Word of Torah

Word of Torah: Pasrashat Naso

Written by: Rabbi Emily Segal 

Our Torah portion this week, Naso, contains the threefold blessing we often refer to as the “priestly blessing.” We read,

“Adonai spoke to Moses: Speak to Aaron and to his sons and say, ‘Thus shall you bless the people of Israel. Say to them:

May Adonai bless you and protect you! 

May Adonai’s face shine upon you and be gracious unto you. 

May Adonai bestow God’s favor upon you and grant you peace.’

Thus they shall link My name with the people of Israel, and I will bless them.”

In the ancient temple, the priests blessed the people with this blessing daily. Today, this is the blessing rabbis and cantors give to B’nai Mitzvah students after they are called to Torah and to a couple during their wedding; parents invoke it to bless their children on Erev Shabbat around the dinner table.

The Hebrew of this blessing grows with each of the three lines, each slightly longer than the one that precedes it; three words, then five words, then seven. And these words are translated and understood in many different ways; it is not unlikely that you would hear a slightly different translation of these words from any rabbi, cantor, or layperson who shares this blessing. The traditional commentators, too, had much to say about how these words of blessing should be understood.

Rashi (11th century French commentator) interpreted the first line to be about material possessions and wealth; “Bless you — that your possessions will be blessed; And protect you — that robbers not come upon you and take your money.” (Sforno, Italian 15th-16th century scholar, commenting on Rashi, notes that Jews need not be embarrassed to pray for material wealth as it can enable one to have a life of charity and study.) The second line Rashi understood to manifest in the way in which our shining, smiling faces bless one another, graced by God. The final line, Rashi interpreted as a prayer for a world of ease in which all things we experience as God’s wrath no longer exist and are replaced by wellbeing.

Numbers Rabbah (traditional Midrash on the book of Numbers) builds upon Rashi’s teaching, understanding the first line to mean “May God protect you from being corrupted by the attainment of material blessing.” Numbers Rabbah also identifies God’s shining face of the second line of blessing as referring to “the light of the Torah; God will enlighten your eyes and heart in Torah.” Regarding the final line, K’tav Sofer (Rabbi Avraham Shmuel Binyamin Sofer of Pressburg, 19th century) taught that God’s ability to grant us peace depends first upon our actions: “Peace begins in the home, then extends to the community, and finally to all the world.”

What rich words, deepened and made even more holy through new understandings developed over millennia of Jewish thought.

Reading these words each year, we have the opportunity to see them with new eyes. How striking that the ability to bless was given to human beings, to the priests; by extension — as we are a “kingdom of priests and a holy nation,” to us. We have the power to share words of blessing and to bring blessing to others. We do not have to wait and silently pray; we can open up our eyes, open up our hands and give blessing to others. God did not simply tell the priests to bless the people. What if they did not have inspiration to find the words? God gave them beautiful words to use, to remove any impediment to the act of blessing. Rabbi Tzi Elimelech Shapira of Dinov (early 19th century, in his Agra D’kalah) taught that God gave the priests the words of blessing so that “No priest should ever say, ‘What good is my blessing? I don’t know the words. I cannot bring blessing down from God just through my intentions and hope for unification!’ Thus, God gave the words. Just speak the words, as the Creator commanded you.”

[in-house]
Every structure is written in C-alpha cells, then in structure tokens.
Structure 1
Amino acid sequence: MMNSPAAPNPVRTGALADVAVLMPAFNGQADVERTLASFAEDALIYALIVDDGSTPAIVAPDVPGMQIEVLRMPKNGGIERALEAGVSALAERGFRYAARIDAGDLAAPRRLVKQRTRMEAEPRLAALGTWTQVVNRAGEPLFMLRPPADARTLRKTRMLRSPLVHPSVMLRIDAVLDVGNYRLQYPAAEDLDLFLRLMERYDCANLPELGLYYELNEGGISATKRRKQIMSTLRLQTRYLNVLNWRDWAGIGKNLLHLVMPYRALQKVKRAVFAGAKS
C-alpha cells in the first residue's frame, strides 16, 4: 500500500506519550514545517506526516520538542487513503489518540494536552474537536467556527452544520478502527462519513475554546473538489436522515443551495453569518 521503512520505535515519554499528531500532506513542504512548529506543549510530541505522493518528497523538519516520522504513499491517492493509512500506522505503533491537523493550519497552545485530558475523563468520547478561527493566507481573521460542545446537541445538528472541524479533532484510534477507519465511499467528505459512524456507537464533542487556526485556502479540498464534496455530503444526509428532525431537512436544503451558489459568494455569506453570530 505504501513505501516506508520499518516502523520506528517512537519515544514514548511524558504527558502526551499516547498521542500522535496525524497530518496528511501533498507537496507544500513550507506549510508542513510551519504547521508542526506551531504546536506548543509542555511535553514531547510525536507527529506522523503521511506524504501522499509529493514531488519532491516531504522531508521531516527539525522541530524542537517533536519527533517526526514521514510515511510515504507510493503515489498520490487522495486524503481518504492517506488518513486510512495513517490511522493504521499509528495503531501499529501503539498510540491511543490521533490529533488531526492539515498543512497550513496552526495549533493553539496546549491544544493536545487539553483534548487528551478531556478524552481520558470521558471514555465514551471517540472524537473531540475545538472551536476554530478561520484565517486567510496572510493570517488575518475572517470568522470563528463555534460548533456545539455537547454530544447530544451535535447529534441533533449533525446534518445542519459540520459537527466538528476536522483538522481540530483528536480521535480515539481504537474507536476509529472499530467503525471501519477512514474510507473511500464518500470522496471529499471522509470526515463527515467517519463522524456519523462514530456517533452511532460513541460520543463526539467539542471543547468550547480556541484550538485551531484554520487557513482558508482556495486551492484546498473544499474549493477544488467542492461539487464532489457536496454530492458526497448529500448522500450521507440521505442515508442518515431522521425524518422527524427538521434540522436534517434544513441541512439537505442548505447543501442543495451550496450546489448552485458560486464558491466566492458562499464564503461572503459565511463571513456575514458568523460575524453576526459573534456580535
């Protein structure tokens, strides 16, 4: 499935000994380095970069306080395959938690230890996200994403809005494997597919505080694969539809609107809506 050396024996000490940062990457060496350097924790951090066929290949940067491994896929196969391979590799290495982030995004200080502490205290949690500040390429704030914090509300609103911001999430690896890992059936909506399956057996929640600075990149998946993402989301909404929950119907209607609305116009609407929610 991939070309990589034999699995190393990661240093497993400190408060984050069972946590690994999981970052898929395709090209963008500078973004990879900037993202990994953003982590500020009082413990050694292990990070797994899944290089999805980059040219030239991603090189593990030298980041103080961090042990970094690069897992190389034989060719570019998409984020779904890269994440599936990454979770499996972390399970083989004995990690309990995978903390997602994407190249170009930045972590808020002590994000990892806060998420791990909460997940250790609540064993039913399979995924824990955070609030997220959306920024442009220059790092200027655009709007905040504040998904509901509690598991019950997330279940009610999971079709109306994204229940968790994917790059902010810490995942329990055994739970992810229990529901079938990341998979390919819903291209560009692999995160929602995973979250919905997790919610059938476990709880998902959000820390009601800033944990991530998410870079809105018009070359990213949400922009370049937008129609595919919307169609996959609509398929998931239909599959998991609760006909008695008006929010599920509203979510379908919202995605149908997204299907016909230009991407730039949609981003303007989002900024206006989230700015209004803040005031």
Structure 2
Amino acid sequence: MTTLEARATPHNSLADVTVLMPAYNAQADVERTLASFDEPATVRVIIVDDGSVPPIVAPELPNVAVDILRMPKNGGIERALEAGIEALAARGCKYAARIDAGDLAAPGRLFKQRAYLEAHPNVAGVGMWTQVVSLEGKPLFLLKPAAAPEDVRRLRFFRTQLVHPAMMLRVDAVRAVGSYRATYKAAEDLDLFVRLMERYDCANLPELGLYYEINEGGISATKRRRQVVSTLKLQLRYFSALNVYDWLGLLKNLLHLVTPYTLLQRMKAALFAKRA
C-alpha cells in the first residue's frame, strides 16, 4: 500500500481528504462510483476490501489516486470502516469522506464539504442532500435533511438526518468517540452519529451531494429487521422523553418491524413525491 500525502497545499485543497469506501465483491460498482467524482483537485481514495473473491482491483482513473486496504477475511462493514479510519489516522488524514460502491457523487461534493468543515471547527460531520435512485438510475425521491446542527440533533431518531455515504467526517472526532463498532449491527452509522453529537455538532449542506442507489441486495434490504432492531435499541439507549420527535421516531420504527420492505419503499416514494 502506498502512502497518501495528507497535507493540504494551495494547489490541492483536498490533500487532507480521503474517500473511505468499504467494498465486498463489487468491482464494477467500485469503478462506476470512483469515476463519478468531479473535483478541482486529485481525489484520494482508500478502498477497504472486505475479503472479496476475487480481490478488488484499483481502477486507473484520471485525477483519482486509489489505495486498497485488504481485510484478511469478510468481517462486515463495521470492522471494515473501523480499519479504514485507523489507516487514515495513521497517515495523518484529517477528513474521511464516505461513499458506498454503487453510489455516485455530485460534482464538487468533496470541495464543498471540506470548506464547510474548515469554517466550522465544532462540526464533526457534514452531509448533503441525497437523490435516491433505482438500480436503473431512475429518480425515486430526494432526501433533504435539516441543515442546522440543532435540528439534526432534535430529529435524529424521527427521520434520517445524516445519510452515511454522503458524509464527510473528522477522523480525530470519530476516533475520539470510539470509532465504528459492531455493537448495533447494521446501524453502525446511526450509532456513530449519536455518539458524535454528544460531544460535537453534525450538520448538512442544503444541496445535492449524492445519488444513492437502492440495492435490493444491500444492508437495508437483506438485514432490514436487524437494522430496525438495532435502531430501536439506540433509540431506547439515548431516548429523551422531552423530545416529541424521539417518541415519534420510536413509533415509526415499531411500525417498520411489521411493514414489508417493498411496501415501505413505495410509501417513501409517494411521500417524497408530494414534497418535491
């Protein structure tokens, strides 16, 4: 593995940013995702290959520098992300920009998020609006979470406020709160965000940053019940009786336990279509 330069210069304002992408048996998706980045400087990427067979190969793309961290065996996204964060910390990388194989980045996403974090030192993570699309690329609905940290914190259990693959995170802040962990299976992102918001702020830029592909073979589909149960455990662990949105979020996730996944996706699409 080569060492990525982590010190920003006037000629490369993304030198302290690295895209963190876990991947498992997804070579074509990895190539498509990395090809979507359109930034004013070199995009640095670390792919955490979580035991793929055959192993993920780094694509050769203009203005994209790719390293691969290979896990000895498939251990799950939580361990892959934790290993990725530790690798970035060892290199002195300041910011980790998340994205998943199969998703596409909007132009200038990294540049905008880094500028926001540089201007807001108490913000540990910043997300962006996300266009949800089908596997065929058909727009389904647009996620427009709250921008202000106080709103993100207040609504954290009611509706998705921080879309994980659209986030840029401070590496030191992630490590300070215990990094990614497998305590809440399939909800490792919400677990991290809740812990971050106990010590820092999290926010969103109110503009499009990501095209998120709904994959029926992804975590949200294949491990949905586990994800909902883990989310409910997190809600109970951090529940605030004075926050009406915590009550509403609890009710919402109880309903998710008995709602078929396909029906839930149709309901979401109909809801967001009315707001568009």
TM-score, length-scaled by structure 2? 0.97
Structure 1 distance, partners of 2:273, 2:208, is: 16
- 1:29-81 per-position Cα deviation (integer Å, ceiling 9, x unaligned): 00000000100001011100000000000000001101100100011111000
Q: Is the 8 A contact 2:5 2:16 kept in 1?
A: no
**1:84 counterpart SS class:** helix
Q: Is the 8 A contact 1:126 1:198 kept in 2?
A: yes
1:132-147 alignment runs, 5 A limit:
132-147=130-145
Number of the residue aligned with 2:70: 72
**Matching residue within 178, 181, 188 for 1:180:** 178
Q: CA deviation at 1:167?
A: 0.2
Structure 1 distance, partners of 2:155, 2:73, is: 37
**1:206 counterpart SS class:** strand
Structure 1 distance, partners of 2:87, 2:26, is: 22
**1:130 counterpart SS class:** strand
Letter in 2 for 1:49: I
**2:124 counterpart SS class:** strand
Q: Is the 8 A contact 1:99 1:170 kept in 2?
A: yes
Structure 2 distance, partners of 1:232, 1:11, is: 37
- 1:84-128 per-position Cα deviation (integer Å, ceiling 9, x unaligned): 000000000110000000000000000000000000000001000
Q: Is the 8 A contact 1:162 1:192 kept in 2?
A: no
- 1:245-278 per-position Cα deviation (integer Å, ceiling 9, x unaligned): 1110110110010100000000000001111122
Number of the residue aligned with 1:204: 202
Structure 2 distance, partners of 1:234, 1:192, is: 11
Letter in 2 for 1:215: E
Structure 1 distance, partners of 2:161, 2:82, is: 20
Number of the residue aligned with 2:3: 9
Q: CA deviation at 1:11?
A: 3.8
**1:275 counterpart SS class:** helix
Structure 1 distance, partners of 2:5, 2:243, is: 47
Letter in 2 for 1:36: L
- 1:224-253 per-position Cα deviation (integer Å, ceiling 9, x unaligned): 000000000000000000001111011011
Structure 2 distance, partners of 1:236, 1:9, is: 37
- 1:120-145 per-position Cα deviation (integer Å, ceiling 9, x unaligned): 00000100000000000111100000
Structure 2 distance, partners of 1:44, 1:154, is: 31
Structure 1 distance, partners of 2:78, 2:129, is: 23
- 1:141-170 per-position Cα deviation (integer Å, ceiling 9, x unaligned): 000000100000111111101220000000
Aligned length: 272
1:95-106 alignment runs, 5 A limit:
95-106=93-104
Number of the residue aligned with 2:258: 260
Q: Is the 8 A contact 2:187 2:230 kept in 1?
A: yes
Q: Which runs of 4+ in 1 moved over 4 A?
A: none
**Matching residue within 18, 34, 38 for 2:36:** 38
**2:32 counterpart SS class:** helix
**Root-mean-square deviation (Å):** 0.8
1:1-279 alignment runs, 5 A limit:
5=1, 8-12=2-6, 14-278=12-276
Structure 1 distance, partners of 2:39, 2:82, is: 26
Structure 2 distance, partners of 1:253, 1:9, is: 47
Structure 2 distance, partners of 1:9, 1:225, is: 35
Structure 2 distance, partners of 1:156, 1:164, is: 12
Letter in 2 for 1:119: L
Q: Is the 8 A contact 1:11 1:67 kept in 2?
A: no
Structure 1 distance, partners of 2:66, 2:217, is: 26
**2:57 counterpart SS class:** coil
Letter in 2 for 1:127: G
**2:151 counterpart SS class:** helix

Use these words, or use other words; it does not matter. Let us allow this Torah portion to teach us to bless others. We bless others when we thank them for kindness or hard work. We bless others when we share words of appreciation with them. We bless others by sharing with them what is in our hearts rather than keeping them at arm’s distance. We bless others by embracing them, physically and emotionally. We bless others when we send kindness to them and express our wish that they will be granted wholeness and peace. Blessing is an act of love.

The Zohar highlights the idea of blessing as an act of love. “It is taught, any priest who the people do not love shall not spread his hands in blessing … Any priest who does not love the people, or who is not beloved of the people shall not spread his hands and bless the people, as Scripture says, ‘The generous man is blessed’ (Proverbs). We read this instead to say, ‘The generous man, he shall bless.’”

Let us each strive to bless others in our words and with our deeds in the coming week, knowing that blessing is an act of generosity and love.